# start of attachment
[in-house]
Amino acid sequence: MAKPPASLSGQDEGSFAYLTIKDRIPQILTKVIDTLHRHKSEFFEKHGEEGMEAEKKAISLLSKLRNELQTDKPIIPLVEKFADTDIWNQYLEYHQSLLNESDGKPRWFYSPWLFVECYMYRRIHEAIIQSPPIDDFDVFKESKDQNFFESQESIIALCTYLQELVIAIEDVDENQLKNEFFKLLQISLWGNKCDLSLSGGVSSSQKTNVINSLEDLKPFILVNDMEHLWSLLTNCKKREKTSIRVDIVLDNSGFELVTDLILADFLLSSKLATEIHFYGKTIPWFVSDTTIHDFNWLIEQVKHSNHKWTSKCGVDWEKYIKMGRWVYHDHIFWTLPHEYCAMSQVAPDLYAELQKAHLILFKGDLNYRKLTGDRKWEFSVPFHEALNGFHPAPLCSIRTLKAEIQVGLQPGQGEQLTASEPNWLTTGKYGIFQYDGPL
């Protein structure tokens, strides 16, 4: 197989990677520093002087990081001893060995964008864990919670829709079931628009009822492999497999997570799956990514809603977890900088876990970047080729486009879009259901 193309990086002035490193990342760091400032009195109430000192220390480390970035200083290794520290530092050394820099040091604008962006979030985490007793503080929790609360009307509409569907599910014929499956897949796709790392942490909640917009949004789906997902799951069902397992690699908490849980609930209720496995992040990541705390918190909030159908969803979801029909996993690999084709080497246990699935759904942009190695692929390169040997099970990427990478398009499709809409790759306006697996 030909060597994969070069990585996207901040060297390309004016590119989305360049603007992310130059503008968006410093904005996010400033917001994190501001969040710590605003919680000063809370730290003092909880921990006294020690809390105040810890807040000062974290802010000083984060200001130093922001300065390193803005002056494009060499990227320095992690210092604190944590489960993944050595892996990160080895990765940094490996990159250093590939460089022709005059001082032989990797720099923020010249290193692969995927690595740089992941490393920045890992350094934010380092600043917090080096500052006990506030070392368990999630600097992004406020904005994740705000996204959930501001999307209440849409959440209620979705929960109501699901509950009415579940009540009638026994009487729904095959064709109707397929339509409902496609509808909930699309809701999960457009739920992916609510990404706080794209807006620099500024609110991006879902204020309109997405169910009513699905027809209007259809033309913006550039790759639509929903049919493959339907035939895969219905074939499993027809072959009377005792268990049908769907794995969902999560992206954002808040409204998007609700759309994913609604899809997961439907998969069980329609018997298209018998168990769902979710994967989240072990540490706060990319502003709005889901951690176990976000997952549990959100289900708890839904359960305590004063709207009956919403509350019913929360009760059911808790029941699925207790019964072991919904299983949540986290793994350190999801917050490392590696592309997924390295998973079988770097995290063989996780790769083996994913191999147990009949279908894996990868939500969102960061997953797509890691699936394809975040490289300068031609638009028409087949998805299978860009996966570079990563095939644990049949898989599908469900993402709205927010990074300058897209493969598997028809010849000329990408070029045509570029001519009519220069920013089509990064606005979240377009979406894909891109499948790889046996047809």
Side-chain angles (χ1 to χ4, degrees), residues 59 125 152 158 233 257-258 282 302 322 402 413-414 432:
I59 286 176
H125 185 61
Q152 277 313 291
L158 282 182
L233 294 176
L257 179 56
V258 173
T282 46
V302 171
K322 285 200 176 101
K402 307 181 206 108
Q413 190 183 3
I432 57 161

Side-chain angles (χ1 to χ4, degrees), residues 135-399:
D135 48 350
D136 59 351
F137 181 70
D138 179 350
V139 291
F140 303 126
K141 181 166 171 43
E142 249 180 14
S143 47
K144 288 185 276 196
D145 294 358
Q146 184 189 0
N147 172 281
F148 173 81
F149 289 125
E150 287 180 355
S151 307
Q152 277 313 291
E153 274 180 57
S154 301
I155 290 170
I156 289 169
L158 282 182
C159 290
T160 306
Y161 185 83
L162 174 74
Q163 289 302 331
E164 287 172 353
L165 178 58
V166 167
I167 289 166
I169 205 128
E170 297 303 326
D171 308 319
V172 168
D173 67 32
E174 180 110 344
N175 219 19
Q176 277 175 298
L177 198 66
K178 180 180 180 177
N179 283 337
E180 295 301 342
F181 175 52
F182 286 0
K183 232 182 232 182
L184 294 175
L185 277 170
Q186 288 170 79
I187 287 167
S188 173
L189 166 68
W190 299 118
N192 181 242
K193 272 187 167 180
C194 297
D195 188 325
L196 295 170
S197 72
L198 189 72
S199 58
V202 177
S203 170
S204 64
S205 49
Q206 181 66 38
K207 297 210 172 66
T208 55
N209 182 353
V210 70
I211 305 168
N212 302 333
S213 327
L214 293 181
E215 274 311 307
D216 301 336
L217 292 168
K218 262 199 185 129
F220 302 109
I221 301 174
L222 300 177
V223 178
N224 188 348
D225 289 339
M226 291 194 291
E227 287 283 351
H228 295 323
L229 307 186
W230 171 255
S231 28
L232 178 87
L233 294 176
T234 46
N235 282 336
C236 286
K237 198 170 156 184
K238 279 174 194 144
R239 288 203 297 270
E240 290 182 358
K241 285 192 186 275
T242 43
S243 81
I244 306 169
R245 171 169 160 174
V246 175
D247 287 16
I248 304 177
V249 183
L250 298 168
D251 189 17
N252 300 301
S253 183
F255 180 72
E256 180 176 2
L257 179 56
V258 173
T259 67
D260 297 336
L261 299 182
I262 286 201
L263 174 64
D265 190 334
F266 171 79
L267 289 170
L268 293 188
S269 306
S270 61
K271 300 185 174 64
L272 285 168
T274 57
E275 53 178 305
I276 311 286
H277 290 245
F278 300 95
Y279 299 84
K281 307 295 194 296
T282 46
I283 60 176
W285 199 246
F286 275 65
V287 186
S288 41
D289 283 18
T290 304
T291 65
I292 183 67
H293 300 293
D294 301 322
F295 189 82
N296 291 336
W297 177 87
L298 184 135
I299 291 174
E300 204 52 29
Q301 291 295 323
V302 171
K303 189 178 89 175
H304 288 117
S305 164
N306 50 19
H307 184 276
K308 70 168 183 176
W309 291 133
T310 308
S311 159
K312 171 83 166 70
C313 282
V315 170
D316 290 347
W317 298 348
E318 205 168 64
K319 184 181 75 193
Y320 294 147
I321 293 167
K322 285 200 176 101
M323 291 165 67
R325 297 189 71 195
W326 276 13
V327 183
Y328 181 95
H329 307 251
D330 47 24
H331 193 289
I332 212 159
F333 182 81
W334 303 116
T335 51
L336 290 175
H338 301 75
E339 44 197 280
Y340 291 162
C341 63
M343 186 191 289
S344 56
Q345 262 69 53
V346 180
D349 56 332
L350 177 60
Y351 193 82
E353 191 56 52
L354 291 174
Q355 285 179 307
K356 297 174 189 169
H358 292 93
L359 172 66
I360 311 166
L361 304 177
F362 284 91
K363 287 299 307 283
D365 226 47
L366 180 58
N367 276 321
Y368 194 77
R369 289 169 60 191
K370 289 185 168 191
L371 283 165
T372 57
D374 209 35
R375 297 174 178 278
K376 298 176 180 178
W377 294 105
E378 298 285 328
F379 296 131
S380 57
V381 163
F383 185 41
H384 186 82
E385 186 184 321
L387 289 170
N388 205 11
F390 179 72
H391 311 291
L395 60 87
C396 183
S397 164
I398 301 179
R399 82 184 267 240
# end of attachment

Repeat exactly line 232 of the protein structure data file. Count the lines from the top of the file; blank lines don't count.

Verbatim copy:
Y368 194 77